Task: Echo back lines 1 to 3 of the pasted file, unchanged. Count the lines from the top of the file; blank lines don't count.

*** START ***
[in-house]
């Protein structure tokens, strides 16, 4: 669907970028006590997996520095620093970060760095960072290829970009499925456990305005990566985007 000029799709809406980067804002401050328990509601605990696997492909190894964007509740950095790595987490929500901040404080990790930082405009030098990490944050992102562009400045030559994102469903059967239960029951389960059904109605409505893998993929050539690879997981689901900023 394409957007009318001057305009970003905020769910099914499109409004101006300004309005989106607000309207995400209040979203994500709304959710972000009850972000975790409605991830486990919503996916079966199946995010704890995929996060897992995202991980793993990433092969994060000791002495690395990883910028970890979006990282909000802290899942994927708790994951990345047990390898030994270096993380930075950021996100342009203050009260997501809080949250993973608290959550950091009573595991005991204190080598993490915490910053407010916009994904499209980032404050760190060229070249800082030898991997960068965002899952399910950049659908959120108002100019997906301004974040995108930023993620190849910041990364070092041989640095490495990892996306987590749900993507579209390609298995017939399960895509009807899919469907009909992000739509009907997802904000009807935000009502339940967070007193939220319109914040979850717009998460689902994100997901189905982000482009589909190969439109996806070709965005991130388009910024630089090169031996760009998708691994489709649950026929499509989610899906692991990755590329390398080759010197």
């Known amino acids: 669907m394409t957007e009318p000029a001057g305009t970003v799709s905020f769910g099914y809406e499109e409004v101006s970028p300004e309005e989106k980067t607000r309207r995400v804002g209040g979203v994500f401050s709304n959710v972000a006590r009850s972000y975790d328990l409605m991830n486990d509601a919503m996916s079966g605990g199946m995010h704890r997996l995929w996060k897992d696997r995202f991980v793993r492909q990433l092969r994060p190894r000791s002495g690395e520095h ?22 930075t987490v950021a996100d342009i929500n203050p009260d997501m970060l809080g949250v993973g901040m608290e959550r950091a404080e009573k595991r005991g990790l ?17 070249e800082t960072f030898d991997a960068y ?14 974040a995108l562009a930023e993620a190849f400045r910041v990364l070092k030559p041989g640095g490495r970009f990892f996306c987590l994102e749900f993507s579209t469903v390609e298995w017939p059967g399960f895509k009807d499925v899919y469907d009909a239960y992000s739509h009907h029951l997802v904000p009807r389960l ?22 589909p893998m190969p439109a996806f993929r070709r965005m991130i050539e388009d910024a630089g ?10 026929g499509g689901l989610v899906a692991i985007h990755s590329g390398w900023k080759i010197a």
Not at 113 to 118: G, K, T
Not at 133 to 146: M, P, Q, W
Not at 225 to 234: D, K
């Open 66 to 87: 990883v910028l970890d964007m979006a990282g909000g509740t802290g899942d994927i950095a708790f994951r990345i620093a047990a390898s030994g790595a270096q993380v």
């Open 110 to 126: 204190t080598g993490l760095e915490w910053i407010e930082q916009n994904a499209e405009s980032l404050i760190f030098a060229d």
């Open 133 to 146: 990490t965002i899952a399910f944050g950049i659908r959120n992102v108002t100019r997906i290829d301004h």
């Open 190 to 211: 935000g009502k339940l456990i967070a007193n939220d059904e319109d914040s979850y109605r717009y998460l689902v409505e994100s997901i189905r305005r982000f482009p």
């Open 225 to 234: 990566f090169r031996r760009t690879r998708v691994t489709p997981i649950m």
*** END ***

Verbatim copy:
[in-house]
């Protein structure tokens, strides 16, 4: 669907970028006590997996520095620093970060760095960072290829970009499925456990305005990566985007 000029799709809406980067804002401050328990509601605990696997492909190894964007509740950095790595987490929500901040404080990790930082405009030098990490944050992102562009400045030559994102469903059967239960029951389960059904109605409505893998993929050539690879997981689901900023 394409957007009318001057305009970003905020769910099914499109409004101006300004309005989106607000309207995400209040979203994500709304959710972000009850972000975790409605991830486990919503996916079966199946995010704890995929996060897992995202991980793993990433092969994060000791002495690395990883910028970890979006990282909000802290899942994927708790994951990345047990390898030994270096993380930075950021996100342009203050009260997501809080949250993973608290959550950091009573595991005991204190080598993490915490910053407010916009994904499209980032404050760190060229070249800082030898991997960068965002899952399910950049659908959120108002100019997906301004974040995108930023993620190849910041990364070092041989640095490495990892996306987590749900993507579209390609298995017939399960895509009807899919469907009909992000739509009907997802904000009807935000009502339940967070007193939220319109914040979850717009998460689902994100997901189905982000482009589909190969439109996806070709965005991130388009910024630089090169031996760009998708691994489709649950026929499509989610899906692991990755590329390398080759010197």
């Known amino acids: 669907m394409t957007e009318p000029a001057g305009t970003v799709s905020f769910g099914y809406e499109e409004v101006s970028p300004e309005e989106k980067t607000r309207r995400v804002g209040g979203v994500f401050s709304n959710v972000a006590r009850s972000y975790d328990l409605m991830n486990d509601a919503m996916s079966g605990g199946m995010h704890r997996l995929w996060k897992d696997r995202f991980v793993r492909q990433l092969r994060p190894r000791s002495g690395e520095h ?22 930075t987490v950021a996100d342009i929500n203050p009260d997501m970060l809080g949250v993973g901040m608290e959550r950091a404080e009573k595991r005991g990790l ?17 070249e800082t960072f030898d991997a960068y ?14 974040a995108l562009a930023e993620a190849f400045r910041v990364l070092k030559p041989g640095g490495r970009f990892f996306c987590l994102e749900f993507s579209t469903v390609e298995w017939p059967g399960f895509k009807d499925v899919y469907d009909a239960y992000s739509h009907h029951l997802v904000p009807r389960l ?22 589909p893998m190969p439109a996806f993929r070709r965005m991130i050539e388009d910024a630089g ?10 026929g499509g689901l989610v899906a692991i985007h990755s590329g390398w900023k080759i010197a």